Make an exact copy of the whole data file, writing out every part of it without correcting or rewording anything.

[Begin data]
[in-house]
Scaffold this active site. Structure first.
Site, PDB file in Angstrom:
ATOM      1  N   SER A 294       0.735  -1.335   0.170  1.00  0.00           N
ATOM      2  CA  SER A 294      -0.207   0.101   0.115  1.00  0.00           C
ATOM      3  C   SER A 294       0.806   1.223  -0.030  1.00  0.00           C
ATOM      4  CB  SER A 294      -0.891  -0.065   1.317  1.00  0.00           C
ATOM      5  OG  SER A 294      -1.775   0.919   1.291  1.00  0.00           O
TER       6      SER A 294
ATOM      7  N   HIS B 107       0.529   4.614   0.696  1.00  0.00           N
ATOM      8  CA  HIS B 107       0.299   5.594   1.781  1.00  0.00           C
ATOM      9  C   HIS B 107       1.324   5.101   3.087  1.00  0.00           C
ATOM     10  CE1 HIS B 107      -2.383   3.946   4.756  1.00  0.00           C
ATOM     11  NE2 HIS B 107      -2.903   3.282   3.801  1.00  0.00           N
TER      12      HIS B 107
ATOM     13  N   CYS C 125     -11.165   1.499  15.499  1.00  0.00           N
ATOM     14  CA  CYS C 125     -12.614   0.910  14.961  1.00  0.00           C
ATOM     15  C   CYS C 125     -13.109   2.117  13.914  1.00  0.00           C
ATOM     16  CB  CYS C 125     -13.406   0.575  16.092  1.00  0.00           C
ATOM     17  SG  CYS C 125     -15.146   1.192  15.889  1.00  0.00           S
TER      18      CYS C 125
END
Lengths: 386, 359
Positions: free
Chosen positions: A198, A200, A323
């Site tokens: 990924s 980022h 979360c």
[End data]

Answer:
[in-house]
Scaffold this active site. Structure first.
Site, PDB file in Angstrom:
ATOM      1  N   SER A 294       0.735  -1.335   0.170  1.00  0.00           N
ATOM      2  CA  SER A 294      -0.207   0.101   0.115  1.00  0.00           C
ATOM      3  C   SER A 294       0.806   1.223  -0.030  1.00  0.00           C
ATOM      4  CB  SER A 294      -0.891  -0.065   1.317  1.00  0.00           C
ATOM      5  OG  SER A 294      -1.775   0.919   1.291  1.00  0.00           O
TER       6      SER A 294
ATOM      7  N   HIS B 107       0.529   4.614   0.696  1.00  0.00           N
ATOM      8  CA  HIS B 107       0.299   5.594   1.781  1.00  0.00           C
ATOM      9  C   HIS B 107       1.324   5.101   3.087  1.00  0.00           C
ATOM     10  CE1 HIS B 107      -2.383   3.946   4.756  1.00  0.00           C
ATOM     11  NE2 HIS B 107      -2.903   3.282   3.801  1.00  0.00           N
TER      12      HIS B 107
ATOM     13  N   CYS C 125     -11.165   1.499  15.499  1.00  0.00           N
ATOM     14  CA  CYS C 125     -12.614   0.910  14.961  1.00  0.00           C
ATOM     15  C   CYS C 125     -13.109   2.117  13.914  1.00  0.00           C
ATOM     16  CB  CYS C 125     -13.406   0.575  16.092  1.00  0.00           C
ATOM     17  SG  CYS C 125     -15.146   1.192  15.889  1.00  0.00           S
TER      18      CYS C 125
END
Lengths: 386, 359
Positions: free
Chosen positions: A198, A200, A323
């Site tokens: 990924s 980022h 979360c």